He came in with the belief that I was going to do nothing to him. And even if I did, it was okay. That if I should be the one to eliminate him, he was satisfied. So, I was okay. We chatted. I was telling him about this recording. In fact, that was the only topic that went between Babangida and myself. Where I was concerned was nothing that we discussed about. Then I informed him that he should realise he has made a lot of enemies within him. He is not popular enough. He was supposed to be killed. This I did not take it and I was not going to see that it was going to be done. I was telling him anyway (in any) case it was not necessary) to tell him before then. He said okay. He sent the armoured cars away.

Was he going to send them so that I could kill him or how? I said, look my friend, if I have to do it, I could have done it the moment you appeared. I could have done it and in fact, I would have escaped and your chaps would not see me in any case. Then he came in only with armoured cars. There were no groups. I said I would have done it. When we finished, he said he was going to meet or what did I want him to tell the Gen. I said he could go and tell him that we wanted something in writing to show to the boys. That was what I told him. He said he was going to come back at 3 p.m. That I should wait for him. He said whether I could arrange for a vehicle for him. I said Oh yes, by all means I called one of the chaps around NBC to make available a vehicle. They took him home. As he was going, I wanted to go to Lt.-Col. Tense’s house. (Did you know who made the arrangement for the vehicle for him?). No. One of the NBCs around. I did not know. All I wanted was that one of the NBC vehicles around to pick him.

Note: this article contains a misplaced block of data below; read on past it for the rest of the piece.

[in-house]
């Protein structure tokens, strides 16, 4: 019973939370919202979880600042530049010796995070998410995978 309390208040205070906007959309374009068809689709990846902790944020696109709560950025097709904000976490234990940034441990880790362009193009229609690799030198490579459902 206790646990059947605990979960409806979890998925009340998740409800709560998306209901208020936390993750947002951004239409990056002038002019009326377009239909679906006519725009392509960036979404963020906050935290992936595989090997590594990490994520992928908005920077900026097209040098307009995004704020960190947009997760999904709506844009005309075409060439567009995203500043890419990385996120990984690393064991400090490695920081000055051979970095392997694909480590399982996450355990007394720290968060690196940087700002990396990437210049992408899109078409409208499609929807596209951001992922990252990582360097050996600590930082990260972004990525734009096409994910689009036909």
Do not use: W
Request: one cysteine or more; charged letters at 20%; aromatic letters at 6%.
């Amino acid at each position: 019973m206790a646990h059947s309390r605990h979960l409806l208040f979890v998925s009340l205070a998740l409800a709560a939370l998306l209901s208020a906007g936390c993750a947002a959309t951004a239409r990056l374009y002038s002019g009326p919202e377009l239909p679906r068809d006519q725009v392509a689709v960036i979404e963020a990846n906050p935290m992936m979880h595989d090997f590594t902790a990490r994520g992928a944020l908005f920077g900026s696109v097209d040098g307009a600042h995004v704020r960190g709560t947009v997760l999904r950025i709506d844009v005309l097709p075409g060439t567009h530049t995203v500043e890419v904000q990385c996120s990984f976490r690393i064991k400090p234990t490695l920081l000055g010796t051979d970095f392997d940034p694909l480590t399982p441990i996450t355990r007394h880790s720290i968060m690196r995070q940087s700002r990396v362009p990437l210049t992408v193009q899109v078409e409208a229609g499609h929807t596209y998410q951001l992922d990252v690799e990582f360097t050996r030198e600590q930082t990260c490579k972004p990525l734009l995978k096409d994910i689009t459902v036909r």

I think he was to enter. He should know which one was that. I stopped him and told him that I was expecting him at 3 p.m. I took off for Yaba to see Col. Tense. When I got there, he was there alone’. I told him that on my way I branched to see Gen. Bisalla, but he was not in. He said, let me telephone him. He gave me the telephone number; sorry I cannot remember the telephone number now. I went and dialed. There was no reply I think he did not comment.

He said whether I wanted beer? I said yes. He brought me a beer. I told him what happened between Col. Babaginda and myself. He said since that was the situation, I should get in touch with Col. Garba, Gen. Oluleye, Gen. Shuwa, to try to meet Gen. Danjuma to talk it out. I told him well, that would be fine I would go back to do it. I left him.